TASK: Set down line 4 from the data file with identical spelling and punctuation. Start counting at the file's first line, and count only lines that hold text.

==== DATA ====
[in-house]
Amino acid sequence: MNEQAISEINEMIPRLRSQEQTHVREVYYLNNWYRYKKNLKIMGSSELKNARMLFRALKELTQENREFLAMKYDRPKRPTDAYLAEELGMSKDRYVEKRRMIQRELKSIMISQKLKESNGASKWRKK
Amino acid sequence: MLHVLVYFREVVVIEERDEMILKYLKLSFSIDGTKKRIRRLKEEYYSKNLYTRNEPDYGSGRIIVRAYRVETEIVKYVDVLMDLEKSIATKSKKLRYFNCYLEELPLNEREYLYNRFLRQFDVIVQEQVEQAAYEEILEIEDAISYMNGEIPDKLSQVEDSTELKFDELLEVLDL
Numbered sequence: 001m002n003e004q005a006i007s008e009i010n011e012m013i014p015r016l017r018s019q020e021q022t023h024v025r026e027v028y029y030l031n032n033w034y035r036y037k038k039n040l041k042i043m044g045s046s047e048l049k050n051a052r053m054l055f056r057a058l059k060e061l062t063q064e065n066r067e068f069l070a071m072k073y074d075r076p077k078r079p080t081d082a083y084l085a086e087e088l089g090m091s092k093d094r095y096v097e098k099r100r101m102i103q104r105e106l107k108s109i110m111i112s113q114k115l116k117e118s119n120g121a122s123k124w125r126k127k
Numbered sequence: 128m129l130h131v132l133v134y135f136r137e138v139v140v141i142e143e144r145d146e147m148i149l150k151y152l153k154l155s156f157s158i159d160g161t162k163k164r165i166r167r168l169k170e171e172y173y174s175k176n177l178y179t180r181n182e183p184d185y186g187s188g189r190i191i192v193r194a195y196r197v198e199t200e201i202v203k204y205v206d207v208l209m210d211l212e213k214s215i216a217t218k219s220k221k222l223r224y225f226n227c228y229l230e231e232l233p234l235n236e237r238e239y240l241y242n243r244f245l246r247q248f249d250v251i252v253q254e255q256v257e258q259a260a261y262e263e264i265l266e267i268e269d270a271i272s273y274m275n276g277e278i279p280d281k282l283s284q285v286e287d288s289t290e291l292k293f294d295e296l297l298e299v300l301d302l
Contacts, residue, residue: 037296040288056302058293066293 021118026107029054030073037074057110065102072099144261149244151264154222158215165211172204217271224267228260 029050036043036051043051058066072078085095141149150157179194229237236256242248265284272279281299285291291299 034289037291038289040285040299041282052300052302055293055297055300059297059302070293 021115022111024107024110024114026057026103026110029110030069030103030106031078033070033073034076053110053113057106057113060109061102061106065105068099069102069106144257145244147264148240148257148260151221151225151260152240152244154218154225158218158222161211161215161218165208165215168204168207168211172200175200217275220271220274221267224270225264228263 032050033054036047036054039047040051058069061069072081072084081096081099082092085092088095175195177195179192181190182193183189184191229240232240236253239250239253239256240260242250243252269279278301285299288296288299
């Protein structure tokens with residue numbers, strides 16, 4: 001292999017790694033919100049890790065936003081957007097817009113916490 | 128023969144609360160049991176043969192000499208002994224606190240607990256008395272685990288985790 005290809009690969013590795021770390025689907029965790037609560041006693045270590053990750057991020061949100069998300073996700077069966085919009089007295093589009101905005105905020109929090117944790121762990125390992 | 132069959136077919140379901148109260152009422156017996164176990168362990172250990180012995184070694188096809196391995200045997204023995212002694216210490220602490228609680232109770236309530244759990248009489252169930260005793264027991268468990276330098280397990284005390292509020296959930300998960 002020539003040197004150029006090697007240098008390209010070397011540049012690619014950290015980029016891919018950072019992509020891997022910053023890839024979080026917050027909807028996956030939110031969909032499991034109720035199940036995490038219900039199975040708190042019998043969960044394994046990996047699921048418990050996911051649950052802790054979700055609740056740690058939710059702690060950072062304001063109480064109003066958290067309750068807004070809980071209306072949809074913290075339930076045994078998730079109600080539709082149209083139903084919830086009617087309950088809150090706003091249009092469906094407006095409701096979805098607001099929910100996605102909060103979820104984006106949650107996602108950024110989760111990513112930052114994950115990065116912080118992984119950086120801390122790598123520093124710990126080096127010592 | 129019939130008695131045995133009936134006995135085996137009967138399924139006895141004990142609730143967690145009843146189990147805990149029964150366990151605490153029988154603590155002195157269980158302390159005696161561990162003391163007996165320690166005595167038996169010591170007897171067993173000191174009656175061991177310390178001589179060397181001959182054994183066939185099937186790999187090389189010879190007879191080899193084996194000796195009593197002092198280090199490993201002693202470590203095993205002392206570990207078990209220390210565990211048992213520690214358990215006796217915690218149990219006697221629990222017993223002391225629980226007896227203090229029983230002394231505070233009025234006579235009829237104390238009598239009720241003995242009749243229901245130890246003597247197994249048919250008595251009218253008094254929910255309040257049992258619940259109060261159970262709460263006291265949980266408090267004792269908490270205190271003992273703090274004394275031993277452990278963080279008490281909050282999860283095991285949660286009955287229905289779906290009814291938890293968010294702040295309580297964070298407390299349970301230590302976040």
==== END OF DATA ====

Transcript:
Numbered sequence: 001m002n003e004q005a006i007s008e009i010n011e012m013i014p015r016l017r018s019q020e021q022t023h024v025r026e027v028y029y030l031n032n033w034y035r036y037k038k039n040l041k042i043m044g045s046s047e048l049k050n051a052r053m054l055f056r057a058l059k060e061l062t063q064e065n066r067e068f069l070a071m072k073y074d075r076p077k078r079p080t081d082a083y084l085a086e087e088l089g090m091s092k093d094r095y096v097e098k099r100r101m102i103q104r105e106l107k108s109i110m111i112s113q114k115l116k117e118s119n120g121a122s123k124w125r126k127k